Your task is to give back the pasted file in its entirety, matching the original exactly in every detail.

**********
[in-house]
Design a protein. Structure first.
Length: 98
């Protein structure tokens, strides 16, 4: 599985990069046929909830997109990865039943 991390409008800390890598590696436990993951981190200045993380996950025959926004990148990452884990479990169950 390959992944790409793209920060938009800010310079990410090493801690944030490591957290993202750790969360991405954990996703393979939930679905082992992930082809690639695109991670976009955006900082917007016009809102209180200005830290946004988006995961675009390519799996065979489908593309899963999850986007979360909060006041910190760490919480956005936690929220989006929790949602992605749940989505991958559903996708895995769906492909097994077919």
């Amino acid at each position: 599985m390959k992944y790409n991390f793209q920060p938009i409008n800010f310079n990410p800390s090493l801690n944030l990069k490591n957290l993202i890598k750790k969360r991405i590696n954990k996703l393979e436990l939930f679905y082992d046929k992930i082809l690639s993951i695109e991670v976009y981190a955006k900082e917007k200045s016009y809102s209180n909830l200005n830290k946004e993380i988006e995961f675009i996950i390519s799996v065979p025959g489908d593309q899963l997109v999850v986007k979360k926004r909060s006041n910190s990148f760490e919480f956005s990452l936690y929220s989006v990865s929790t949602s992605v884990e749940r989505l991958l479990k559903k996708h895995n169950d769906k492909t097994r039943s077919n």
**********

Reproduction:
[in-house]
Design a protein. Structure first.
Length: 98
């Protein structure tokens, strides 16, 4: 599985990069046929909830997109990865039943 991390409008800390890598590696436990993951981190200045993380996950025959926004990148990452884990479990169950 390959992944790409793209920060938009800010310079990410090493801690944030490591957290993202750790969360991405954990996703393979939930679905082992992930082809690639695109991670976009955006900082917007016009809102209180200005830290946004988006995961675009390519799996065979489908593309899963999850986007979360909060006041910190760490919480956005936690929220989006929790949602992605749940989505991958559903996708895995769906492909097994077919």
């Amino acid at each position: 599985m390959k992944y790409n991390f793209q920060p938009i409008n800010f310079n990410p800390s090493l801690n944030l990069k490591n957290l993202i890598k750790k969360r991405i590696n954990k996703l393979e436990l939930f679905y082992d046929k992930i082809l690639s993951i695109e991670v976009y981190a955006k900082e917007k200045s016009y809102s209180n909830l200005n830290k946004e993380i988006e995961f675009i996950i390519s799996v065979p025959g489908d593309q899963l997109v999850v986007k979360k926004r909060s006041n910190s990148f760490e919480f956005s990452l936690y929220s989006v990865s929790t949602s992605v884990e749940r989505l991958l479990k559903k996708h895995n169950d769906k492909t097994r039943s077919n």